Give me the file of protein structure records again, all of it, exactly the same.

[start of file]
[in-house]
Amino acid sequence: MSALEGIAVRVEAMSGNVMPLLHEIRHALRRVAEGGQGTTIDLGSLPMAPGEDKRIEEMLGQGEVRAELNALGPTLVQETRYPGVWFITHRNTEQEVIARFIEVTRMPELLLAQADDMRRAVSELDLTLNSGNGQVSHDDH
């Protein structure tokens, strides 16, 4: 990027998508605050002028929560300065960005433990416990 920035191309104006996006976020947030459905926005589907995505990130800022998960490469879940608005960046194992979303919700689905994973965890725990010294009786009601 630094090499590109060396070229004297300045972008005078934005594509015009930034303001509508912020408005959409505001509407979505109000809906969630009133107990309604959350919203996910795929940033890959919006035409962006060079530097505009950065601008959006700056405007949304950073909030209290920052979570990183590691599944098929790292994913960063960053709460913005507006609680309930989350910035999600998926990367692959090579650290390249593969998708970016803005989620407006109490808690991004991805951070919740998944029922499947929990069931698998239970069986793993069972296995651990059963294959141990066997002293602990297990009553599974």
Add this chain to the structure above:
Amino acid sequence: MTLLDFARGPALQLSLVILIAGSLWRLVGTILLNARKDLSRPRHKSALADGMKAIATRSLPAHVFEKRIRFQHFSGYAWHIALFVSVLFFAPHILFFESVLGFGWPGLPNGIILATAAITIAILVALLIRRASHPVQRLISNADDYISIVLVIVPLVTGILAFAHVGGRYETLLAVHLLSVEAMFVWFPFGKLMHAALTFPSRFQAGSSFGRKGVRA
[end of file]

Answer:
[in-house]
Amino acid sequence: MSALEGIAVRVEAMSGNVMPLLHEIRHALRRVAEGGQGTTIDLGSLPMAPGEDKRIEEMLGQGEVRAELNALGPTLVQETRYPGVWFITHRNTEQEVIARFIEVTRMPELLLAQADDMRRAVSELDLTLNSGNGQVSHDDH
């Protein structure tokens, strides 16, 4: 990027998508605050002028929560300065960005433990416990 920035191309104006996006976020947030459905926005589907995505990130800022998960490469879940608005960046194992979303919700689905994973965890725990010294009786009601 630094090499590109060396070229004297300045972008005078934005594509015009930034303001509508912020408005959409505001509407979505109000809906969630009133107990309604959350919203996910795929940033890959919006035409962006060079530097505009950065601008959006700056405007949304950073909030209290920052979570990183590691599944098929790292994913960063960053709460913005507006609680309930989350910035999600998926990367692959090579650290390249593969998708970016803005989620407006109490808690991004991805951070919740998944029922499947929990069931698998239970069986793993069972296995651990059963294959141990066997002293602990297990009553599974």
Add this chain to the structure above:
Amino acid sequence: MTLLDFARGPALQLSLVILIAGSLWRLVGTILLNARKDLSRPRHKSALADGMKAIATRSLPAHVFEKRIRFQHFSGYAWHIALFVSVLFFAPHILFFESVLGFGWPGLPNGIILATAAITIAILVALLIRRASHPVQRLISNADDYISIVLVIVPLVTGILAFAHVGGRYETLLAVHLLSVEAMFVWFPFGKLMHAALTFPSRFQAGSSFGRKGVRA